Another Proposal — from CDT

There was a very thoughtful letter to the Centre Daily Times this past week. It suggested another way to use time in the extended elementary day:

Teaching civics, economics, ethics will make better citizens

While I don’t think the national debt is growing exponentially, if we had some basic economics classes, our elementary students might find out why.

Thanks for some good suggestions.

 

Changes to the Elementary Day

The other night (4/24/2017), the State College School Board agreed to an amendment (technically a Memo of Understanding) to our contract with the teachers (the State College Area Education Association) to examine the feasibility of extending the elementary day. There are several reasons for doing this. The first was to provide more overall learning for our K-5 students, but also more overall time in the core learning subjects (i.e., English/Language Arts, math, social studies, and science). In addition, it will provide a fifth “special” or special learning opportunity (currently library, art, music, and physical education).

From the teacher and administrator point of view, this provides much more planning and professional development time during the school day. As we refine our curriculum in a more deliberate way, our teachers will have — and need — more planning time within the day to incorporate new curricula, new tools, and new techniques into their teaching and learning.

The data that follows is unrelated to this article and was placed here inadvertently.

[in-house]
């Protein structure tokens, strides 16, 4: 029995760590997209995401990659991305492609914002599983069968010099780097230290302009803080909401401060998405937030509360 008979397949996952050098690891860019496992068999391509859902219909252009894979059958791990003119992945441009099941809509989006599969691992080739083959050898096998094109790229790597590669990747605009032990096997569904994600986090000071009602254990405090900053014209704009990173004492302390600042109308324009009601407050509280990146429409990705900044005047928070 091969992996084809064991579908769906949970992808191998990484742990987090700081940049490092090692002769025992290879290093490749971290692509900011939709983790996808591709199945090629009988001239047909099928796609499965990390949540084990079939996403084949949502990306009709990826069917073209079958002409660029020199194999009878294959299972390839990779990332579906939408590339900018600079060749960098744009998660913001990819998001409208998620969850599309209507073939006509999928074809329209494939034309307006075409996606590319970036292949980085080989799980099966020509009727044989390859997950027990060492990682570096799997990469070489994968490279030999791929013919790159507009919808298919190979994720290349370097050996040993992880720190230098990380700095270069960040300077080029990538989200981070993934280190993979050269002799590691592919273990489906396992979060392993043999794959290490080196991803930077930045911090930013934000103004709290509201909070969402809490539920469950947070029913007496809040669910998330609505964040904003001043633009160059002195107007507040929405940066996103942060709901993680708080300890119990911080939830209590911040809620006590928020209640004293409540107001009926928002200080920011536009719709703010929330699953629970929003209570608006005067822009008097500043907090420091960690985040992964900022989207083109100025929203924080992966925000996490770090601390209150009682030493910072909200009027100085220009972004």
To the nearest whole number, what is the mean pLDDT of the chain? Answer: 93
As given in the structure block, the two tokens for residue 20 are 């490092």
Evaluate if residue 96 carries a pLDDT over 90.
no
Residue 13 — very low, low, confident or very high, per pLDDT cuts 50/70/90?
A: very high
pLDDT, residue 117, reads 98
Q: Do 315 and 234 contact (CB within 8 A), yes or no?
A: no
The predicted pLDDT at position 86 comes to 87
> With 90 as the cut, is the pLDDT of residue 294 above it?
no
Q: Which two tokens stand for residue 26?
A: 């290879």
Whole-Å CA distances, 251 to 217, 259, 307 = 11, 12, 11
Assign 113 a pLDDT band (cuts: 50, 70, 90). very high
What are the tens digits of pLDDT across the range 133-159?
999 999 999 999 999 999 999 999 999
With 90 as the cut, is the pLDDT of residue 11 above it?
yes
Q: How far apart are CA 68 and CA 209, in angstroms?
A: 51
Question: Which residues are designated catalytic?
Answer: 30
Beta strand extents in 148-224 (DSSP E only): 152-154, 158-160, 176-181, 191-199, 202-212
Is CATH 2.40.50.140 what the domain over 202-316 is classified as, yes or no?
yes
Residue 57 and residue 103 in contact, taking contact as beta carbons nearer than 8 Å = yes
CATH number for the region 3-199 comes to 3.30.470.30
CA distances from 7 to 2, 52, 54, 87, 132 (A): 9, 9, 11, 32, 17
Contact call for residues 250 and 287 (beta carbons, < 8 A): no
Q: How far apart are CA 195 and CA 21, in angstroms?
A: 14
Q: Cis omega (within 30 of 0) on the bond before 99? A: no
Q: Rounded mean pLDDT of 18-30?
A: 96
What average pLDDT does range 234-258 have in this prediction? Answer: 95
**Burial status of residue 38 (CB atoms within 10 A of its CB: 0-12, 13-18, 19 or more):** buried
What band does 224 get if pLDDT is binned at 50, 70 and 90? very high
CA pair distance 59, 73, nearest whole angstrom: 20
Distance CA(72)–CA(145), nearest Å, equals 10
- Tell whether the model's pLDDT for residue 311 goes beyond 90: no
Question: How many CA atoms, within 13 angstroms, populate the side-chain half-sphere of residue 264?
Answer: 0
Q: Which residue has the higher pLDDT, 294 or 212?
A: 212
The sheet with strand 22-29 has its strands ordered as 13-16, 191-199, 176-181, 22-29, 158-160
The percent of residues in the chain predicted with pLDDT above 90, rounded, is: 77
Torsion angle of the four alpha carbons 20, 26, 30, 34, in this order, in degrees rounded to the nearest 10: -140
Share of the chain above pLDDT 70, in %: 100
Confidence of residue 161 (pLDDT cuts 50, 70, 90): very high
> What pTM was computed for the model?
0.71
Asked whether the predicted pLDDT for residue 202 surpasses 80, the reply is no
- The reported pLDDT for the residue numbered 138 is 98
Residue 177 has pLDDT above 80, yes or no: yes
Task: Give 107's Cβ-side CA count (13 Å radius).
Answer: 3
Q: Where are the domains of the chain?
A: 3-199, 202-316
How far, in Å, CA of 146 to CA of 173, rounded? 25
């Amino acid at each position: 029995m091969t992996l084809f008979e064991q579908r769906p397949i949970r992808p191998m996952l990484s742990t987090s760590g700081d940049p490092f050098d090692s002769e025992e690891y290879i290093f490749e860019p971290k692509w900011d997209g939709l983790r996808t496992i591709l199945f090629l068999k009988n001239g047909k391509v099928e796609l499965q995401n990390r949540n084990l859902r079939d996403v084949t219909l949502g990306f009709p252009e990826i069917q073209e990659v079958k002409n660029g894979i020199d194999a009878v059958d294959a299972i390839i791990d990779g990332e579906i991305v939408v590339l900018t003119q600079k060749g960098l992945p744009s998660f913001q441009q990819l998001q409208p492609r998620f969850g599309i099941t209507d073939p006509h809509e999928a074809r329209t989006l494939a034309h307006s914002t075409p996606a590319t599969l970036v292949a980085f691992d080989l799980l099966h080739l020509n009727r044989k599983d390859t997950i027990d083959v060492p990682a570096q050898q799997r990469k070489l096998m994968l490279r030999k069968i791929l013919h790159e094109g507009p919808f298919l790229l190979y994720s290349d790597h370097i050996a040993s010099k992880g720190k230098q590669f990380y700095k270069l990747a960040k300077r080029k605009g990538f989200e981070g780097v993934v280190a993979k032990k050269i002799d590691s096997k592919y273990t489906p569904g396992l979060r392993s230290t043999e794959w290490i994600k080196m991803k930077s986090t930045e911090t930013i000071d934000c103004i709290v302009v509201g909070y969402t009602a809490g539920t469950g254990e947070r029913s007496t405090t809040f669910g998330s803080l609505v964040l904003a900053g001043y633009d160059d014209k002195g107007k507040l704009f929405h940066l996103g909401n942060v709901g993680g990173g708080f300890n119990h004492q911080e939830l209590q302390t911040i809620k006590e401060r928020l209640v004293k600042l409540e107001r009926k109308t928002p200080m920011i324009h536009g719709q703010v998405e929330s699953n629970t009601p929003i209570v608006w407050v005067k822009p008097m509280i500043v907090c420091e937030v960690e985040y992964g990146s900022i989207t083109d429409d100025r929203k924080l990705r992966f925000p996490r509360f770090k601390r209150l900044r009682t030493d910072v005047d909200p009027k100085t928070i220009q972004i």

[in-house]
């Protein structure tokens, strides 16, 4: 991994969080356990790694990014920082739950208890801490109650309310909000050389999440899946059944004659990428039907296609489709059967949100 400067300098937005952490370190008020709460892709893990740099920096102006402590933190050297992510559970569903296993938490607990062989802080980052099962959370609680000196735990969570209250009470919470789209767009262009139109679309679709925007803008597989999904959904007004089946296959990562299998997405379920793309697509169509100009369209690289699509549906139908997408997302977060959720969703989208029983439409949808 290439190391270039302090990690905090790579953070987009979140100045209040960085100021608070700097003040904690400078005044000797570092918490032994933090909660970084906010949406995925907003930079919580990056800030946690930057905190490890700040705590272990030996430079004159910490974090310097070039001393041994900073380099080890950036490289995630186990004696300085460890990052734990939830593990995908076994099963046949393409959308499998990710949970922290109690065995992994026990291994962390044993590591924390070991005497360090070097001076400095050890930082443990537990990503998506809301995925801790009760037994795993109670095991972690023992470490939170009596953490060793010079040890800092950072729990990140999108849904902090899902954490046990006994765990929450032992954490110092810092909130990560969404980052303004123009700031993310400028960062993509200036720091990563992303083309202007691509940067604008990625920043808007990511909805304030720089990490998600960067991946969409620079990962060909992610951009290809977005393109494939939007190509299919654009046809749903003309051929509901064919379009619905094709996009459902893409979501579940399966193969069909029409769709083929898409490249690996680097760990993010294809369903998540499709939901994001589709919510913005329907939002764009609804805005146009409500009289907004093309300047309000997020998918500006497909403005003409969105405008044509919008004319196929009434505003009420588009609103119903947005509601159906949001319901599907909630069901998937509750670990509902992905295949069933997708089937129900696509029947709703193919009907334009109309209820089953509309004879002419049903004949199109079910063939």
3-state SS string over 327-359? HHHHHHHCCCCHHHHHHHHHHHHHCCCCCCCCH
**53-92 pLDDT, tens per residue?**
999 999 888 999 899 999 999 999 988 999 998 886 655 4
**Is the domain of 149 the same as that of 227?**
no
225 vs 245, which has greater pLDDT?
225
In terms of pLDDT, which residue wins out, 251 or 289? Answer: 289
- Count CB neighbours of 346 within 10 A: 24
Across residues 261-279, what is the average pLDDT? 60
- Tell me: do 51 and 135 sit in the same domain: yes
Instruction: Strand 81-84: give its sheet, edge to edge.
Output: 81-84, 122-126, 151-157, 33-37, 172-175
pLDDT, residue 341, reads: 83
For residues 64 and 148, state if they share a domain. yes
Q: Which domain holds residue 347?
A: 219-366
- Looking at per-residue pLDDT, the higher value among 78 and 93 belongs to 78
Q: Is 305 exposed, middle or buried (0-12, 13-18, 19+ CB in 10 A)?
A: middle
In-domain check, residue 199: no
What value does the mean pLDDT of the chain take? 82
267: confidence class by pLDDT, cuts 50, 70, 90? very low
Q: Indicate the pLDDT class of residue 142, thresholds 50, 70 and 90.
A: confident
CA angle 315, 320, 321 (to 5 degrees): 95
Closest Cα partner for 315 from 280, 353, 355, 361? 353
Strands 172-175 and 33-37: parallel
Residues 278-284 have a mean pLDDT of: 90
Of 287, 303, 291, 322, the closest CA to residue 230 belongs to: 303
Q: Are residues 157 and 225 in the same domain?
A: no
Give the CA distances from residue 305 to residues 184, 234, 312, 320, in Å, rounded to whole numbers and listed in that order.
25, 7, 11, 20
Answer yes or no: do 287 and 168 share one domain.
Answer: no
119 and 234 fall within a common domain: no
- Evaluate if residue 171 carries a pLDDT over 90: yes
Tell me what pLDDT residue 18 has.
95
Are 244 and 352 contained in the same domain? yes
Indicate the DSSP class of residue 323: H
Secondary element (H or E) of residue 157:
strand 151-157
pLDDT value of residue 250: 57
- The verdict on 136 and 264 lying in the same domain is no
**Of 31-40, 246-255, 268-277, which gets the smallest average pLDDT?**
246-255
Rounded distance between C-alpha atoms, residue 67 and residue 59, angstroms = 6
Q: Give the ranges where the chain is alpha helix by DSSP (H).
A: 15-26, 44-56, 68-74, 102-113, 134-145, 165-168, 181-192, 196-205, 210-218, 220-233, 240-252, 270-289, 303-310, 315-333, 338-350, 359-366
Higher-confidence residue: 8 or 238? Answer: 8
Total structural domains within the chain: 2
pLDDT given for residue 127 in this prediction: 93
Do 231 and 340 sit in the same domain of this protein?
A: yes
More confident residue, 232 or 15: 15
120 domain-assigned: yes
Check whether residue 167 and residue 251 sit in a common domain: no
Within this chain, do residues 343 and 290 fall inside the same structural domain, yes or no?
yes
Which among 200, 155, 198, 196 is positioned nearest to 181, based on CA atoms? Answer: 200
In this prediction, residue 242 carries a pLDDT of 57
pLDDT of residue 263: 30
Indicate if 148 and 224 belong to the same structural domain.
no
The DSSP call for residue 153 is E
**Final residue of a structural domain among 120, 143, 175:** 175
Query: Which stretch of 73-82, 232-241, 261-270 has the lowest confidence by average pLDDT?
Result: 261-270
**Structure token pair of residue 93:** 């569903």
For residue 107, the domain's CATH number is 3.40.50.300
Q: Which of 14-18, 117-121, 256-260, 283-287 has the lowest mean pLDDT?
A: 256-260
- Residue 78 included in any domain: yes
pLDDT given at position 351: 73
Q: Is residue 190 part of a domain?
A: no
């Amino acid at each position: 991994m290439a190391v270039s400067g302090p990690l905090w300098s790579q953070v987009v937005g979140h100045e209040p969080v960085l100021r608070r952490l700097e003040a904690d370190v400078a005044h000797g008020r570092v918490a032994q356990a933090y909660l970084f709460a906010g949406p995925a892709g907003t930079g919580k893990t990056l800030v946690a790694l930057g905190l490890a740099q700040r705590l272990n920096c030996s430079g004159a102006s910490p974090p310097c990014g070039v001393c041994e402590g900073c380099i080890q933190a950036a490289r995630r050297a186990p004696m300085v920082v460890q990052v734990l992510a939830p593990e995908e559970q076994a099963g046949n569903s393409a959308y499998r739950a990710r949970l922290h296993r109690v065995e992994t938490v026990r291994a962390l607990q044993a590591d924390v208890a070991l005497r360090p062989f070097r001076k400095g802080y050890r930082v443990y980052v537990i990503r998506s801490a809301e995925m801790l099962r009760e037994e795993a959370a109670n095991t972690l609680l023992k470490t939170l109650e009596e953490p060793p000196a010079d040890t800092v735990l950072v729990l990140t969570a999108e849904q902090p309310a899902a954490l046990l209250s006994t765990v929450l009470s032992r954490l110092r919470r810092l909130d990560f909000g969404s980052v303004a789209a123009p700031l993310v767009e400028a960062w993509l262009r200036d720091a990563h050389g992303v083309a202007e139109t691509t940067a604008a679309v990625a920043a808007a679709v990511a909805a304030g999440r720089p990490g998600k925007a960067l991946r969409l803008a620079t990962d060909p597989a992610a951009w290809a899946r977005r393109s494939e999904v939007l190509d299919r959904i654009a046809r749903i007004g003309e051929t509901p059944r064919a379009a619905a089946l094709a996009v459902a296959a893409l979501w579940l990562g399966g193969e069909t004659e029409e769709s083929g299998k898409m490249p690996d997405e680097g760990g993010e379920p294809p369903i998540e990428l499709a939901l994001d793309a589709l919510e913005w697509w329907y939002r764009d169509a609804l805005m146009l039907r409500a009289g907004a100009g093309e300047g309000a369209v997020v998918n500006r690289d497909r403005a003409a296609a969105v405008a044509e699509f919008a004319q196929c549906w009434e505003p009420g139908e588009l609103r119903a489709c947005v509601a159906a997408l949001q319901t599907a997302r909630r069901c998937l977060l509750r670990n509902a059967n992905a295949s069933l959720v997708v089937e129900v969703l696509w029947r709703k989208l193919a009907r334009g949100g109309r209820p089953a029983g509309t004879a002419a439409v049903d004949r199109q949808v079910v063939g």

At this time, we have the outline of a proposal for how this would work, given the constraints of our size (for transportation purposes), our staff, and our existing day. We don’t know all the answers yet (if this goes into effect, it will be for the 2018-2019 school year), but we’ll be talking to you at PTO meetings and parent forums in the coming month. The full schedule will be on the SCASD Web site and available in the SCASD Web app.

What’s been going on?

People who only see a School Board member when we’re in a regular board meeting often ask me what goes on between meetings. The last few weeks, my answer has been, “Quite a lot.” In fact what goes on between board meetings is often the best part of being on the School Board. I’ve been:

Reading…

On March 2 — Dr. Seuss’s birthday as any elementary school student can tell you — I was invited to read to Mrs. Donna Bryan’s first grade class at Lemont Elementary School. I brought my own copy of Green Eggs and Ham, and I wore my Seuss hat and Green Eggs and Ham tie.  When I was finished the children asked me why I think reading is important and how I used it in my work.  I had a very enjoyable time and I’d like to thank Mrs. Bryan and her class for the invitation.

Amazed…